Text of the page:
UNC Students Help City of Fort Collins With Safe Routes to School Program

Dayna DeHerrera and Grace Turner, l-r behind table, present their poster at UNC Research Day.

A UNC class worked with the City of Fort Collins to help improve bike safety education as part of the national Safe Routes to School (SRTS) education programs.

Seven students in Professor Mary Dinger's Master of Public Health class evaluated Preston Middle School's three-day education program covering bike safety. It includes hands-on bike training, classroom instruction, and a pre-and post-knowledge test that is given to students to measure change when implementing a SRTS program.

The students entered and analyzed data from 2,372 existing knowledge tests from previous SRTS programs. The analysis of previous data revealed that the original fill-in-the-blank format wasn't effective.

"The fill-in-the-blank responses were frequently difficult to read, so we couldn't evaluate what students actually learned from the SRTS intervention," MPH student Dayna DeHerrera said.

To better assess the change in knowledge both before and after the SRTS intervention, the MPH students improved the format of the knowledge test from a fill-in-the-blank test to 10-multiple choice questions and added demographic questions.

They also recommended that the City of Fort Collins implement a matching procedure. This would include creating testing packets with the pre-and-post knowledge tests and giving each student a unique number identifier to reliably analyze change in pre- and post-test scores and measure knowledge gained after the completion of the SRTS program.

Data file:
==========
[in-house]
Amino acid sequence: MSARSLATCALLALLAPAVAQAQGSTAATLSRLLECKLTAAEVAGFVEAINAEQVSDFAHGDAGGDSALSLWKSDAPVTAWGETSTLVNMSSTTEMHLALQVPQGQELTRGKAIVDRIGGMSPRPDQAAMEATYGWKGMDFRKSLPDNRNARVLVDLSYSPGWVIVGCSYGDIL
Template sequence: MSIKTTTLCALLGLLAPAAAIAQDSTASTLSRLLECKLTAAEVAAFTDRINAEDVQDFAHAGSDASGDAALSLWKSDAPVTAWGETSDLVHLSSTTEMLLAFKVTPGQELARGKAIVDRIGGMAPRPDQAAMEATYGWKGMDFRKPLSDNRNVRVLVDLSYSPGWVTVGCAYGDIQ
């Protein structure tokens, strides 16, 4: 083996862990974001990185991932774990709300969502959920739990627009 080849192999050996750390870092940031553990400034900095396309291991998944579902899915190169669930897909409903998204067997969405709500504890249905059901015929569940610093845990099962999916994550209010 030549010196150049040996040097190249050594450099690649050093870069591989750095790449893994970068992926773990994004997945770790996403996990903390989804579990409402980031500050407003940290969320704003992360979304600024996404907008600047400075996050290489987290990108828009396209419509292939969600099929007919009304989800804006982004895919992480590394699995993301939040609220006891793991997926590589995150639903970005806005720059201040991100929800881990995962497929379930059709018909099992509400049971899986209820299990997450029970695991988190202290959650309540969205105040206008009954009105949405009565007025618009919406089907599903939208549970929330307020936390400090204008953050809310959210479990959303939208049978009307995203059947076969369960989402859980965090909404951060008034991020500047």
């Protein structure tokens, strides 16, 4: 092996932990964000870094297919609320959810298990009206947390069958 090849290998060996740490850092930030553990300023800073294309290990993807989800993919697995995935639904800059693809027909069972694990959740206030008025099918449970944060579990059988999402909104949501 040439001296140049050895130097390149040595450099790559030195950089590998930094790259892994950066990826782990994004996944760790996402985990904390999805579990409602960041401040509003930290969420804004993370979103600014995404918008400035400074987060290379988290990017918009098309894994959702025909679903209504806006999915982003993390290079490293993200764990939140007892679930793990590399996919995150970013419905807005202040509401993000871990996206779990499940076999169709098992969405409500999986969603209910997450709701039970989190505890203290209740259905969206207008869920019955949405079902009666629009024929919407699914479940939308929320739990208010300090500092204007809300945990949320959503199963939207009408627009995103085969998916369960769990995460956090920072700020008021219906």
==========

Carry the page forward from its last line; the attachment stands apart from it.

"The most important finding from this evaluation was how important matching is to assess change between the pre- and post-test, and explaining the results to people who do not have an evaluation background," DeHerrera added.

The evaluation team found that the students significantly increased their knowledge following the SRTS program, with an increase of 1.89 points from the pre-test to the post-test.

The students indicate that further evaluation will help test the overall effectiveness of the program, as well as piloting the new knowledge test at other schools involved in the SRTS program for comparison.

The group presented the new survey tool and evaluation procedures to the City of Fort Collins before presenting findings at UNC's Research Day this spring. Their research was recognized as one of five finalists for the Graduate Student Research Excellence Award in Social Sciences. The team who collaborated on the evaluation of the program included Hope Adams, Evelyn Audley, Dayna DeHerrera, Hannah Mortimer, Allison Preza, Michelle Thornton and Grace Turner.

"Working with the City of Fort Collins gave us a chance to conduct a real-life evaluation and experience practice-based learning, which is very beneficial for our future careers," DeHerrera said.

Story by Katherine Phillips for Colorado School of Public Health, a collaborative of UNC, Colorado State University and the University of Colorado.